Tuesday, December 29, 2009

Janet Tavakoli Responds to FT's Perception of Widely Held Views Among the Financial Elite

FT writes:
What has been the most useful innovation from the financial world in recent decades? That is a question Paul Volcker, the former head of the US Federal Reserve, likes to pose to investors and bankers.

His slightly tongue-in-cheek answer might make some financiers seethe: instead of highlighting any derivative or complex financial product, Mr Volcker nominates the automatic teller machine (ATM)...His scepticism is echoed in the political and regulatory world. "Wall Street was chiefly responsible for the 'financial innovation' that did massive damage to the US economy," says Janet Tavakoli, a structured finance consultant, expressing a widely held view.
In an email Tavakoli comments:
Most of the attendees at the Wall Street Journal's Future of Finance Conference at which Paul Volker made his remarks were oblivious to this "widely held view," as I mentioned in my comments on the conference.

If this is now a widely held view, it is also news to many reporters at the Financial Times. Gillian Tett was one of the first journalists to follow the saga of questionable financial practices. We disagree on the need for widespread investigations and felony indictments. I am for them, she is against. The problem is much more profound than shattered faith in a flawed product; the manufacturers knew or should have known they poisoned the global financial food supply.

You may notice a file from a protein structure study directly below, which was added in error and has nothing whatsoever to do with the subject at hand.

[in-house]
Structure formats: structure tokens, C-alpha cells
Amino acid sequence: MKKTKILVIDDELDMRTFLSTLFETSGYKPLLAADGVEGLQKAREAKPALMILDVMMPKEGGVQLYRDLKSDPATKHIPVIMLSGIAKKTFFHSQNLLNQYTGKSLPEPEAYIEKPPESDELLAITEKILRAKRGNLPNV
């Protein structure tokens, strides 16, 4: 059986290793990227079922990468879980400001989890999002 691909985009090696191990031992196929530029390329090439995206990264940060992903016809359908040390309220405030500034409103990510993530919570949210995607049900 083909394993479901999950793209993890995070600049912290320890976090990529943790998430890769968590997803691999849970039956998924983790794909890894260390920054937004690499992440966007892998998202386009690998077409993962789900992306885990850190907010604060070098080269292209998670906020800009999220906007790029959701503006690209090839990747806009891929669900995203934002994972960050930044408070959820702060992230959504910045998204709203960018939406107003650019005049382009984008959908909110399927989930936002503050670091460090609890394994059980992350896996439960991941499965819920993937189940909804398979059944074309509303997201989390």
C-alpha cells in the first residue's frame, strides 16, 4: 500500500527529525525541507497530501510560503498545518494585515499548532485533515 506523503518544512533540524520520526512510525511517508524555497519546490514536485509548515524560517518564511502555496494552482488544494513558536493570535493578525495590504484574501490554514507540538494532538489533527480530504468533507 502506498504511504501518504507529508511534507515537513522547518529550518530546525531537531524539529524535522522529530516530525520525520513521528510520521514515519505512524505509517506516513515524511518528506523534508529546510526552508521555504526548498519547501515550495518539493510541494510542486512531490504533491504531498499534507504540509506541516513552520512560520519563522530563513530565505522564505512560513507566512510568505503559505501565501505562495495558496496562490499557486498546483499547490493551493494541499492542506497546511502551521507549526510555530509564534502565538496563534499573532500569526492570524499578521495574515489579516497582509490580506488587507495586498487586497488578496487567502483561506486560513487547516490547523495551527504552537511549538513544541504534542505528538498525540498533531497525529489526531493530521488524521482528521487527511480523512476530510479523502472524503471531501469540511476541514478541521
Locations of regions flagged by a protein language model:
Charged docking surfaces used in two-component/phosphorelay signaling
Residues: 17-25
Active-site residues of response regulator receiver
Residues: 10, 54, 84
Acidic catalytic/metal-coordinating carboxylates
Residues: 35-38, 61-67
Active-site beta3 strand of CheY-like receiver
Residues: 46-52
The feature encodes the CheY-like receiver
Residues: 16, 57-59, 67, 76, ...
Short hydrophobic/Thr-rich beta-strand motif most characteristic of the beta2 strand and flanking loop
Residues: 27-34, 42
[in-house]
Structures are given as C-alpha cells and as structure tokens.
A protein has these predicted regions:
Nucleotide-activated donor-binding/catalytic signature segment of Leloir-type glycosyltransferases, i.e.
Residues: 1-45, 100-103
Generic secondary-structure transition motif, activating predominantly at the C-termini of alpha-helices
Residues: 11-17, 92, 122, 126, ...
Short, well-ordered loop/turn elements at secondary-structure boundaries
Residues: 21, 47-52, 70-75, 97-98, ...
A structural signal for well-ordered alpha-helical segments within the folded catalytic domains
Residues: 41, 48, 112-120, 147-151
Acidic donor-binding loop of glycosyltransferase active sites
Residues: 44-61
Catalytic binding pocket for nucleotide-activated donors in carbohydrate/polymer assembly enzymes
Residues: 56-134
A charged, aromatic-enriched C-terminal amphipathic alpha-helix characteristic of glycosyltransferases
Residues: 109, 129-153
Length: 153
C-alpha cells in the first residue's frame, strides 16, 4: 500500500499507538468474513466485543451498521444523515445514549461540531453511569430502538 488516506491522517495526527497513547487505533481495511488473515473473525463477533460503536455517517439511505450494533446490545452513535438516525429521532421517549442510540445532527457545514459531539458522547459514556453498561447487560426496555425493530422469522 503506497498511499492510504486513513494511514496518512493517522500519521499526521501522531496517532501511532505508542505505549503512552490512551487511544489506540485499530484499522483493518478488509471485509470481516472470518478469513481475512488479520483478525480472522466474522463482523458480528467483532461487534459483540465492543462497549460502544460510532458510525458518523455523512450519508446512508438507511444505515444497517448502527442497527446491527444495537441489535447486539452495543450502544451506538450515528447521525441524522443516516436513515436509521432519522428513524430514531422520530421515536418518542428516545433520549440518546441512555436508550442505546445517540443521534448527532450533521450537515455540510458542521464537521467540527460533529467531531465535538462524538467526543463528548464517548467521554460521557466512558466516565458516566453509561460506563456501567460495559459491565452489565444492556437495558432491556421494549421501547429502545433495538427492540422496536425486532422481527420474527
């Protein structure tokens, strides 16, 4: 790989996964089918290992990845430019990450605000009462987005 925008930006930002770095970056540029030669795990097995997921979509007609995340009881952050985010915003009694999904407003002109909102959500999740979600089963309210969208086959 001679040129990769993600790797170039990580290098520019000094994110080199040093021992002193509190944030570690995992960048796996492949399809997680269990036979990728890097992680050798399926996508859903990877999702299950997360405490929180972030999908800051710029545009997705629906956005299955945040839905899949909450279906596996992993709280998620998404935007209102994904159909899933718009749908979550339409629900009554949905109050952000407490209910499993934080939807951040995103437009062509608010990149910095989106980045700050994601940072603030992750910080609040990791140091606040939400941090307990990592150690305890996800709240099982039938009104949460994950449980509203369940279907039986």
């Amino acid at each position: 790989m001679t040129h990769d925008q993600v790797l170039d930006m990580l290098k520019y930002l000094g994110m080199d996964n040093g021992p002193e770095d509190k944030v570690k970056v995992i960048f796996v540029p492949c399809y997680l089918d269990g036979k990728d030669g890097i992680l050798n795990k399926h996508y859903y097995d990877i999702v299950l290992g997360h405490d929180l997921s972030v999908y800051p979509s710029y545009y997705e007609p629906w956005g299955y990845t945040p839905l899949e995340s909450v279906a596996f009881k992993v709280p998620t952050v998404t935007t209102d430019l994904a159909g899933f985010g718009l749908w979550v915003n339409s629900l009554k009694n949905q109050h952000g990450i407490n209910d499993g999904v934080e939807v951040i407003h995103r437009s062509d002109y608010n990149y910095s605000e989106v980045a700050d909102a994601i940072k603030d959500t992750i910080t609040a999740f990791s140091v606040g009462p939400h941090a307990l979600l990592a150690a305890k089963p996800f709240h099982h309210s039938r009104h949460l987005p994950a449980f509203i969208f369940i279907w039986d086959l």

In late 2008, John Gapper told me he was the first and best stop to review an advance copy of Dear Mr. Buffett, my book on the financial crisis. He never wrote a word, and buried it. In late February 2009, Paul Davies, an FT reporter who was in the forefront of exposing dodgy financial products, wrote a good review shortly after I sent him the already published book. I clearly state that the relationship between imploded mortgage lenders and Wall Street's securitization and sales process was the largest Ponzi scheme in the history of the capital markets. Ponzi schemes are illegal in the United States. Problems were not limited to mortgage products and numerous players were involved: investment banks, certain banks and thrifts, credit rating agencies, hedge funds, CDO "managers,” monoline insurers, mortgage brokers, regulators, and Congress.

I do not know whether the book's content had anything to do with John Gapper's not writing a review. I am well aware that for the past several years, my views have not been widely held. Perhaps as Gapper claimed, he was busy with a new project. John Gapper recently authored a hagiography of Goldman CEO Lloyd Blankfein and dubbed him "Man of the Year" without mentioning what Tett labeled a "widely held view." Christopher Whalen cancelled his FT subscription after reading Gapper’s profile of Blankfein.

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